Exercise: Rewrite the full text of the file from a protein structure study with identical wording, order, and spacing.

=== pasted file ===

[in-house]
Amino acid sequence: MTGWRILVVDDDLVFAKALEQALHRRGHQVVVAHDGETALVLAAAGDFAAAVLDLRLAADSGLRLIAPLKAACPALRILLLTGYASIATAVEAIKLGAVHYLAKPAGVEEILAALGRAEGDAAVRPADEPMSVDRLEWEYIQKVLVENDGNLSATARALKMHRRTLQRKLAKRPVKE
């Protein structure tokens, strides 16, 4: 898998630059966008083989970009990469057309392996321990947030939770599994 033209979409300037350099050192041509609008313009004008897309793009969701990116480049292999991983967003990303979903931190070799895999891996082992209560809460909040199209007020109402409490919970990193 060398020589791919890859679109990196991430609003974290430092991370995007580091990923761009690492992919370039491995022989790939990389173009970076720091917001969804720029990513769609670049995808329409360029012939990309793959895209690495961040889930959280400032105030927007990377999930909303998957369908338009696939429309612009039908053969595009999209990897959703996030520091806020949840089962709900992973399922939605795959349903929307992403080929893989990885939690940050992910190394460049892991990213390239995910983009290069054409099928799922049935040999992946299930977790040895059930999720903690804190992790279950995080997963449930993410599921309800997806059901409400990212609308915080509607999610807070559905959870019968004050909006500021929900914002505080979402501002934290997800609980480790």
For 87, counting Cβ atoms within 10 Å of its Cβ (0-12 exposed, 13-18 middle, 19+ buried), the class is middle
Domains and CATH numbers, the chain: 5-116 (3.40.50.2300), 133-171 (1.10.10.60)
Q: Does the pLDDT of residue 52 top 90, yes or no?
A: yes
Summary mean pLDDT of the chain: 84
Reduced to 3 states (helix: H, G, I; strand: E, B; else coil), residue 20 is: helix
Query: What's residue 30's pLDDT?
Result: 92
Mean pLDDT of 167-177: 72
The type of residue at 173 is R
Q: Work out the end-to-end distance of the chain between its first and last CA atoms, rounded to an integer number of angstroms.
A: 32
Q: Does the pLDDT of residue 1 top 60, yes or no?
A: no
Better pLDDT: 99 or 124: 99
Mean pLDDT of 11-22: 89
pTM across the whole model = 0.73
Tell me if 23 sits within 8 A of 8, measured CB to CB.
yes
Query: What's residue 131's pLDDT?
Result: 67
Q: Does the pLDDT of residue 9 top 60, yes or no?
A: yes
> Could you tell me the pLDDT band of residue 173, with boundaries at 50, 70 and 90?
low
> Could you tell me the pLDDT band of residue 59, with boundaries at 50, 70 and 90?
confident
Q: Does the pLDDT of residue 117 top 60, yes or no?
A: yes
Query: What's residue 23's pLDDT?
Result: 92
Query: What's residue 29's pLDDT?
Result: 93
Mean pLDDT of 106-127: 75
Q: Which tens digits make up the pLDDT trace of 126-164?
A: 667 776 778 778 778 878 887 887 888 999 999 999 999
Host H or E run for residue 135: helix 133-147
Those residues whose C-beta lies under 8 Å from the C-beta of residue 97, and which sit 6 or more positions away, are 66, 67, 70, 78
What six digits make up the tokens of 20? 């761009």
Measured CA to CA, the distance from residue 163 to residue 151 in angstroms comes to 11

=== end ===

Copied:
[in-house]
Amino acid sequence: MTGWRILVVDDDLVFAKALEQALHRRGHQVVVAHDGETALVLAAAGDFAAAVLDLRLAADSGLRLIAPLKAACPALRILLLTGYASIATAVEAIKLGAVHYLAKPAGVEEILAALGRAEGDAAVRPADEPMSVDRLEWEYIQKVLVENDGNLSATARALKMHRRTLQRKLAKRPVKE
């Protein structure tokens, strides 16, 4: 898998630059966008083989970009990469057309392996321990947030939770599994 033209979409300037350099050192041509609008313009004008897309793009969701990116480049292999991983967003990303979903931190070799895999891996082992209560809460909040199209007020109402409490919970990193 060398020589791919890859679109990196991430609003974290430092991370995007580091990923761009690492992919370039491995022989790939990389173009970076720091917001969804720029990513769609670049995808329409360029012939990309793959895209690495961040889930959280400032105030927007990377999930909303998957369908338009696939429309612009039908053969595009999209990897959703996030520091806020949840089962709900992973399922939605795959349903929307992403080929893989990885939690940050992910190394460049892991990213390239995910983009290069054409099928799922049935040999992946299930977790040895059930999720903690804190992790279950995080997963449930993410599921309800997806059901409400990212609308915080509607999610807070559905959870019968004050909006500021929900914002505080979402501002934290997800609980480790």
For 87, counting Cβ atoms within 10 Å of its Cβ (0-12 exposed, 13-18 middle, 19+ buried), the class is middle
Domains and CATH numbers, the chain: 5-116 (3.40.50.2300), 133-171 (1.10.10.60)
Q: Does the pLDDT of residue 52 top 90, yes or no?
A: yes
Summary mean pLDDT of the chain: 84
Reduced to 3 states (helix: H, G, I; strand: E, B; else coil), residue 20 is: helix
Query: What's residue 30's pLDDT?
Result: 92
Mean pLDDT of 167-177: 72
The type of residue at 173 is R
Q: Work out the end-to-end distance of the chain between its first and last CA atoms, rounded to an integer number of angstroms.
A: 32
Q: Does the pLDDT of residue 1 top 60, yes or no?
A: no
Better pLDDT: 99 or 124: 99
Mean pLDDT of 11-22: 89
pTM across the whole model = 0.73
Tell me if 23 sits within 8 A of 8, measured CB to CB.
yes
Query: What's residue 131's pLDDT?
Result: 67
Q: Does the pLDDT of residue 9 top 60, yes or no?
A: yes
> Could you tell me the pLDDT band of residue 173, with boundaries at 50, 70 and 90?
low
> Could you tell me the pLDDT band of residue 59, with boundaries at 50, 70 and 90?
confident
Q: Does the pLDDT of residue 117 top 60, yes or no?
A: yes
Query: What's residue 23's pLDDT?
Result: 92
Query: What's residue 29's pLDDT?
Result: 93
Mean pLDDT of 106-127: 75
Q: Which tens digits make up the pLDDT trace of 126-164?
A: 667 776 778 778 778 878 887 887 888 999 999 999 999
Host H or E run for residue 135: helix 133-147
Those residues whose C-beta lies under 8 Å from the C-beta of residue 97, and which sit 6 or more positions away, are 66, 67, 70, 78
What six digits make up the tokens of 20? 């761009």
Measured CA to CA, the distance from residue 163 to residue 151 in angstroms comes to 11